As a longstanding NY personal injury lawyer, I have seen my clients’ right to privacy disintegrate over the years. And just when I thought it could not get much worse, it got worse. Let me tell you about it.
First, though, a little background. When you sue for personal injuries, you give up some of your privacy. The insurance company lawyer has a right to pry into your medical records, at least to the extent they are relevant to the injuries you are claiming from the accident. So if you are claiming a broken right arm, for example, they have a right to scour through any medical records related to your right arm, whether from before or after the accident. But they would not have the right to look at records for treatment unrelated to that arm. You don’t give up all your privacy, just that much of your privacy that is related to the injuries you are claiming.
Now, if you are claiming that your injuries have hampered your lifestyle – as they often do – and that you can no longer do certain things you used to do, the insurance company lawyers can try to uncover evidence that you are either lying or exaggerating your disability. For example, they can have investigators secretly trail you and try to catch you – on camera – performing activities you claim you can’t do.
But how far can they go in trying to uncover your alleged lack of honesty about your claim? Can they dig into your “privacy setting” Facebook postings, for example?
Almost a year ago, a case known as Forman v. Henkin came out of New York State’s highest Court. The case was about a plaintiff who suffered spinal and traumatic brain injuries resulting in cognitive deficits when she fell off defendant’s horse. She alleged that her activity level had drastically decreased because of the injuries she suffered in the accident. Upon the insurance company lawyer’s insistence, and over plaintiff’s NY personal injury lawyer’s objection, the New York’s highest Court ordered her to disclose private photos of herself she had posted on Facebook using privacy settings. The Court held that those photographs might be “private” as far as Facebook was concerned but not as far as the New York State personal injury law was concerned. Because those photos might show that her post-accident lifestyle was more active than she was claiming, the Court ordered her to disclose them. The Court was not impressed with plaintiff’s argument that the “private” portion of her Facebook account should be accorded, well, privacy.
So after Forman v. Henkin lifted the veil of privacy for social media private-setting posts, my message to my clients was, Beware: Your “privacy setting” postings are not “private” in an injury lawsuit. Be careful what you post. Even if you just post a private picture of yourself smiling, the insurance company can probably get it and argue that you can’t be experiencing any pain and suffering because, well, you are smiling. Everyone knows that people in pain never smile, right?
Forman v. Henkin was bad for my privacy-concerned clients. But now it has gotten worse. In a recent First Department Appellate Division case, Vasquez-Santos v. Matthew, the accident victim used to play semi-professional basketball but alleged that the accident disabled him so that he had to give it up. The defense/insurance company noticed, however, that his Facebook page had a few pictures – posted after the accident — of him playing basketball. He did not post those pictures. His “friends” had “tagged” him in them – and also texted them to him. Plaintiff claimed the photos, though “tagged” to him after the accident, were actually taken before the accident.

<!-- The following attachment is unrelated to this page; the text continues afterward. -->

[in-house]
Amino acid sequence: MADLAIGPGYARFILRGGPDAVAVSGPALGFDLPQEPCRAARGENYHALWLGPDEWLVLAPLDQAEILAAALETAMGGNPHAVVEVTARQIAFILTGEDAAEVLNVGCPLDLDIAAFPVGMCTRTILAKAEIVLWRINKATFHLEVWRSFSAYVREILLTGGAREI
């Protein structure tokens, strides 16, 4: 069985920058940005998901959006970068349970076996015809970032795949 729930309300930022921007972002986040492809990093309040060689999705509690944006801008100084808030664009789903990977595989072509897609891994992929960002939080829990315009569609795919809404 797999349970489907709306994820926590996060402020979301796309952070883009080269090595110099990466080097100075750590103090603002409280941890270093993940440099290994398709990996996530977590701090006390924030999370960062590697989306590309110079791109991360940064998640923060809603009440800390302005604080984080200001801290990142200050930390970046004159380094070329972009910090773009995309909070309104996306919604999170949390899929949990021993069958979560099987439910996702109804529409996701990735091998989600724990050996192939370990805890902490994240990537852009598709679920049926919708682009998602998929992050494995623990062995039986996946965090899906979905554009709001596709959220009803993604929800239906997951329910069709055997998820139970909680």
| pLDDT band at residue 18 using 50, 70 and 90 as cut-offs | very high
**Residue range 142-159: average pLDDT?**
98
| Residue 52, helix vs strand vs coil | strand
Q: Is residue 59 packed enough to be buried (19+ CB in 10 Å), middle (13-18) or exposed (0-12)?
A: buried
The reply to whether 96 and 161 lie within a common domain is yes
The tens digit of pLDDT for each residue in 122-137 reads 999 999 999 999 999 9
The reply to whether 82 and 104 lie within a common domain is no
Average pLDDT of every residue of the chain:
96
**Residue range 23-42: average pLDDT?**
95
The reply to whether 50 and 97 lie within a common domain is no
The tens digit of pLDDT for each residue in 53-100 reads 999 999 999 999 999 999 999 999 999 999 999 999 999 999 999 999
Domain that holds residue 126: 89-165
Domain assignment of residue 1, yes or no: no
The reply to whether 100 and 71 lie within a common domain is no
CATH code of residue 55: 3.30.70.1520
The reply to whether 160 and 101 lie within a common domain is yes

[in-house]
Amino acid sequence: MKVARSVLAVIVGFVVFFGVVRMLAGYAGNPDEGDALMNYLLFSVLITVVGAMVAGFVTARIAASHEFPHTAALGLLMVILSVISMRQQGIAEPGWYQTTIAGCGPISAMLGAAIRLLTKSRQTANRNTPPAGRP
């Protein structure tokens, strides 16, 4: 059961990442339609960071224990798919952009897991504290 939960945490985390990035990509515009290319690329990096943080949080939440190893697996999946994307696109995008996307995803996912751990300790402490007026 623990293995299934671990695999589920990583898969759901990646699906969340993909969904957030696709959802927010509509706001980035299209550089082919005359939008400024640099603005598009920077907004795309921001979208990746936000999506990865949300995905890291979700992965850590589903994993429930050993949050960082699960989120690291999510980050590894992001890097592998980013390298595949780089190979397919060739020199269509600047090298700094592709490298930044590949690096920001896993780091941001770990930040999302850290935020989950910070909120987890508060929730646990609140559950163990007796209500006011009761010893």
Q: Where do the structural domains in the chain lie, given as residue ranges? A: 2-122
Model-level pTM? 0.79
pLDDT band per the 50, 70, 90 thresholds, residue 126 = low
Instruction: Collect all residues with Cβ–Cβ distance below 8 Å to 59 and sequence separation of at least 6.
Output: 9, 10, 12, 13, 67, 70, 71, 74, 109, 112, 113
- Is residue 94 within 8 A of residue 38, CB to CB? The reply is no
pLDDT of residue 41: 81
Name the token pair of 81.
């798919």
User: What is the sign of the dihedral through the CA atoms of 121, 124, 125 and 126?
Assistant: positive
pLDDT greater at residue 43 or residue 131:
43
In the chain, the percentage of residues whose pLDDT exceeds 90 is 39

The insurance company lawyer was not buying it. He asked the Court to allow his expert to actually sift through plaintiff’s devices (cell phone, tablet, etc.), where the photos now resided, to study the meta-data and determine when the photo was shot. Defendant also wanted the expert to have access to any other post-accident photos, videos or texts or posts where plaintiff even discussed basketball or similar activities. Plaintiff’s NY personal injury lawyer cried “foul”! But the Court cried, “We’ll allow it!”
And NY personal injury lawyers State-wide just plain cried.
New York personal injury victims, be prepared to give up your smart phone’s pass code to that insurance company lawyer. With recent Court rulings, you should expect that anything you type or anything you post or any pictures or videos you shoot from your phone or other device can be “captured” by the insurance company to try to torpedo your case. Your privacy is gone! The courts are now justifying such an unprecedented invasion of privacy on the grounds that anything the accident victim says or posts after the accident might possibly belie his or her claims about how the accident has limited his or her activities.
And by the way, I don’t necessarily believe these court decisions are totally wrong. After all, some accident victims (not mine of course!) do lie or exaggerate their injuries. And in fairness the other side ought to have some kind of opportunity to ferret out the liars, malingerers and exaggerators. The problem I have is that I don’t think the courts are properly balancing the plaintiff’s right to privacy with the insurance company’s right to challenge his or her honesty.